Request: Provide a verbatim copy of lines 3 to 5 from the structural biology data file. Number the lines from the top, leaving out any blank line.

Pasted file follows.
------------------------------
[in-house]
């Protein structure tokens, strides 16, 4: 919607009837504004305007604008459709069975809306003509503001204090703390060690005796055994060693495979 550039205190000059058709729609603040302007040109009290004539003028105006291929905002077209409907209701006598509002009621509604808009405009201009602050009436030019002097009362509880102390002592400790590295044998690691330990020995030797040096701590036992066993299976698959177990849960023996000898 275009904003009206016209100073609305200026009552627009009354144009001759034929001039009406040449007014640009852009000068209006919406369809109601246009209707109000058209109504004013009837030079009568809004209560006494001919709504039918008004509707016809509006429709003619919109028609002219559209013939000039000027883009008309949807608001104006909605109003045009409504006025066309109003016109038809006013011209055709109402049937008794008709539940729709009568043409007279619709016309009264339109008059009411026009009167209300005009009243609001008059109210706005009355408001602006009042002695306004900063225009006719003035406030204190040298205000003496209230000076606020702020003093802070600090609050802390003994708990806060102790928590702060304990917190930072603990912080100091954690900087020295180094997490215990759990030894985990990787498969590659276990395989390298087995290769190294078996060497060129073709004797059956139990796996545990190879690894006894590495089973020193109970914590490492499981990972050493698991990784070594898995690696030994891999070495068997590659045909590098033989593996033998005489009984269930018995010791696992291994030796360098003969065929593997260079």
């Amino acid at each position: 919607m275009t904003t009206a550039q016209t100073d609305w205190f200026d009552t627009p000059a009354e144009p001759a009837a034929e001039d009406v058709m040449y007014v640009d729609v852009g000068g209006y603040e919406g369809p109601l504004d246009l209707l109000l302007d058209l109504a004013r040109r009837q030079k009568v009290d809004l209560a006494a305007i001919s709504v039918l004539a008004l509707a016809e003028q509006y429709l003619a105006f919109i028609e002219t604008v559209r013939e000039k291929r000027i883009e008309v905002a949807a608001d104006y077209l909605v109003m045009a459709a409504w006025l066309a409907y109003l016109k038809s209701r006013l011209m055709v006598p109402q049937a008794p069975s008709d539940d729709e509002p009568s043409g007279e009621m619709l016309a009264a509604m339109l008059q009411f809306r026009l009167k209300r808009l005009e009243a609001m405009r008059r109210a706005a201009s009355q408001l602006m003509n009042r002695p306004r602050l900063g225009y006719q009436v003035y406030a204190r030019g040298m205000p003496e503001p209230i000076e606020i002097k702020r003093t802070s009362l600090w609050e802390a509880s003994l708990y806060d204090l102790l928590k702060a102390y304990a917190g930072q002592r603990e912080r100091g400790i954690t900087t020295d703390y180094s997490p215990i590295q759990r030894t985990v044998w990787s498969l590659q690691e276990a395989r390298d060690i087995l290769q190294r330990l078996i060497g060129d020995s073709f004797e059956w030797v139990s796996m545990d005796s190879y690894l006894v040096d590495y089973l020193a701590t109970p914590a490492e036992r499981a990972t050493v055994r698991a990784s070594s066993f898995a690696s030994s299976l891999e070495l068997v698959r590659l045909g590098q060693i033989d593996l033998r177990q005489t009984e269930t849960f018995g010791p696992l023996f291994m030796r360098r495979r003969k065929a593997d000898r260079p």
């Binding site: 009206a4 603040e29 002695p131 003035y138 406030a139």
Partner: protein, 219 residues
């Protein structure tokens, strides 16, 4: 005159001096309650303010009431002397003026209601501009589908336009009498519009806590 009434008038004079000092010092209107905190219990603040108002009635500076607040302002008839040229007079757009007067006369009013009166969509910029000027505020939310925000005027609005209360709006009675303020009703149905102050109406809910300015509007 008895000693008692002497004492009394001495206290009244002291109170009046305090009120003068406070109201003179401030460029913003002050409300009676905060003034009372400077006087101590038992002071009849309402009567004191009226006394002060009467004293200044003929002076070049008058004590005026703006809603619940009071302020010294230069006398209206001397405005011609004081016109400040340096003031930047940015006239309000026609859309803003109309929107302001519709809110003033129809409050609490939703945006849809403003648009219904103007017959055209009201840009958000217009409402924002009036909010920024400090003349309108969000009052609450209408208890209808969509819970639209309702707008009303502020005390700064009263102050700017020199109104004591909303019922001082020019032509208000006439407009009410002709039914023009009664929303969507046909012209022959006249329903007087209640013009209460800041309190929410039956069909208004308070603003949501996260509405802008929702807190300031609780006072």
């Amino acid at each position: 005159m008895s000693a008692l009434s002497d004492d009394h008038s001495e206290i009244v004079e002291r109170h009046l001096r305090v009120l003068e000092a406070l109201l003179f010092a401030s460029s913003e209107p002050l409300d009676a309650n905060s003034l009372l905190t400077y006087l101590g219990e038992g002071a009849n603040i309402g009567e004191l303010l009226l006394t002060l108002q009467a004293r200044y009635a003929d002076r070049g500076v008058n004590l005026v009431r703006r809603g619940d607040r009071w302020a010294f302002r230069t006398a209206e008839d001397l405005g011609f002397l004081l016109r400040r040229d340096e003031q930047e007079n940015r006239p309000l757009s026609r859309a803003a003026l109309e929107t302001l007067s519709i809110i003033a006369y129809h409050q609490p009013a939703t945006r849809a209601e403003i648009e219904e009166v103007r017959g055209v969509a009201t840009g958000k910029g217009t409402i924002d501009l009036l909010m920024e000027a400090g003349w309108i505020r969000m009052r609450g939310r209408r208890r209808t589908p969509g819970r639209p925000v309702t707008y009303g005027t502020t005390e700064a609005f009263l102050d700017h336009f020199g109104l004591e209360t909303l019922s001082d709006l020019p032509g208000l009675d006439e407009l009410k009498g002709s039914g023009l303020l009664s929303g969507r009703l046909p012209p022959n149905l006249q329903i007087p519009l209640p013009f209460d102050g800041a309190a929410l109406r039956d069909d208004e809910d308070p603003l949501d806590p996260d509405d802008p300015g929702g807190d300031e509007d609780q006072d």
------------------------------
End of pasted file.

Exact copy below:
């Amino acid at each position: 919607m275009t904003t009206a550039q016209t100073d609305w205190f200026d009552t627009p000059a009354e144009p001759a009837a034929e001039d009406v058709m040449y007014v640009d729609v852009g000068g209006y603040e919406g369809p109601l504004d246009l209707l109000l302007d058209l109504a004013r040109r009837q030079k009568v009290d809004l209560a006494a305007i001919s709504v039918l004539a008004l509707a016809e003028q509006y429709l003619a105006f919109i028609e002219t604008v559209r013939e000039k291929r000027i883009e008309v905002a949807a608001d104006y077209l909605v109003m045009a459709a409504w006025l066309a409907y109003l016109k038809s209701r006013l011209m055709v006598p109402q049937a008794p069975s008709d539940d729709e509002p009568s043409g007279e009621m619709l016309a009264a509604m339109l008059q009411f809306r026009l009167k209300r808009l005009e009243a609001m405009r008059r109210a706005a201009s009355q408001l602006m003509n009042r002695p306004r602050l900063g225009y006719q009436v003035y406030a204190r030019g040298m205000p003496e503001p209230i000076e606020i002097k702020r003093t802070s009362l600090w609050e802390a509880s003994l708990y806060d204090l102790l928590k702060a102390y304990a917190g930072q002592r603990e912080r100091g400790i954690t900087t020295d703390y180094s997490p215990i590295q759990r030894t985990v044998w990787s498969l590659q690691e276990a395989r390298d060690i087995l290769q190294r330990l078996i060497g060129d020995s073709f004797e059956w030797v139990s796996m545990d005796s190879y690894l006894v040096d590495y089973l020193a701590t109970p914590a490492e036992r499981a990972t050493v055994r698991a990784s070594s066993f898995a690696s030994s299976l891999e070495l068997v698959r590659l045909g590098q060693i033989d593996l033998r177990q005489t009984e269930t849960f018995g010791p696992l023996f291994m030796r360098r495979r003969k065929a593997d000898r260079p």
């Binding site: 009206a4 603040e29 002695p131 003035y138 406030a139």
Partner: protein, 219 residues